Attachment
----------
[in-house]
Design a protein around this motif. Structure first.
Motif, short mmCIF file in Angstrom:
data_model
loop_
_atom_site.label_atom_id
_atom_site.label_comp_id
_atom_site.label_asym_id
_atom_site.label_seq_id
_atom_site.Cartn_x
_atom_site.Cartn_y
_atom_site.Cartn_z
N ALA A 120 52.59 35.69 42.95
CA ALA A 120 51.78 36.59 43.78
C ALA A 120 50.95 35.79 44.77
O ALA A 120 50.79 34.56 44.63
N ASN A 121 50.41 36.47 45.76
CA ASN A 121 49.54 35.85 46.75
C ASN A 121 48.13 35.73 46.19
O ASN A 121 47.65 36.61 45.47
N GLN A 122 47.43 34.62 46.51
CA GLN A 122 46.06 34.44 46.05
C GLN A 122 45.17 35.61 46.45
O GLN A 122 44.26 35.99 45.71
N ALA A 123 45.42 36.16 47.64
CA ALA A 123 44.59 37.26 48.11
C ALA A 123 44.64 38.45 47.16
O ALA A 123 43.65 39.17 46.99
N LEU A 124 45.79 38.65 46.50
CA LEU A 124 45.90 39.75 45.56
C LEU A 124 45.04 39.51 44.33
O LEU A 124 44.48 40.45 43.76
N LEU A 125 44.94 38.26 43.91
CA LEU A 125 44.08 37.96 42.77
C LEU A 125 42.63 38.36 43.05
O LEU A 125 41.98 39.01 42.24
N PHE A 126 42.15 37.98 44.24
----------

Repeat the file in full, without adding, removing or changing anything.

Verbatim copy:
[in-house]
Design a protein around this motif. Structure first.
Motif, short mmCIF file in Angstrom:
data_model
loop_
_atom_site.label_atom_id
_atom_site.label_comp_id
_atom_site.label_asym_id
_atom_site.label_seq_id
_atom_site.Cartn_x
_atom_site.Cartn_y
_atom_site.Cartn_z
N ALA A 120 52.59 35.69 42.95
CA ALA A 120 51.78 36.59 43.78
C ALA A 120 50.95 35.79 44.77
O ALA A 120 50.79 34.56 44.63
N ASN A 121 50.41 36.47 45.76
CA ASN A 121 49.54 35.85 46.75
C ASN A 121 48.13 35.73 46.19
O ASN A 121 47.65 36.61 45.47
N GLN A 122 47.43 34.62 46.51
CA GLN A 122 46.06 34.44 46.05
C GLN A 122 45.17 35.61 46.45
O GLN A 122 44.26 35.99 45.71
N ALA A 123 45.42 36.16 47.64
CA ALA A 123 44.59 37.26 48.11
C ALA A 123 44.64 38.45 47.16
O ALA A 123 43.65 39.17 46.99
N LEU A 124 45.79 38.65 46.50
CA LEU A 124 45.90 39.75 45.56
C LEU A 124 45.04 39.51 44.33
O LEU A 124 44.48 40.45 43.76
N LEU A 125 44.94 38.26 43.91
CA LEU A 125 44.08 37.96 42.77
C LEU A 125 42.63 38.36 43.05
O LEU A 125 41.98 39.01 42.24
N PHE A 126 42.15 37.98 44.24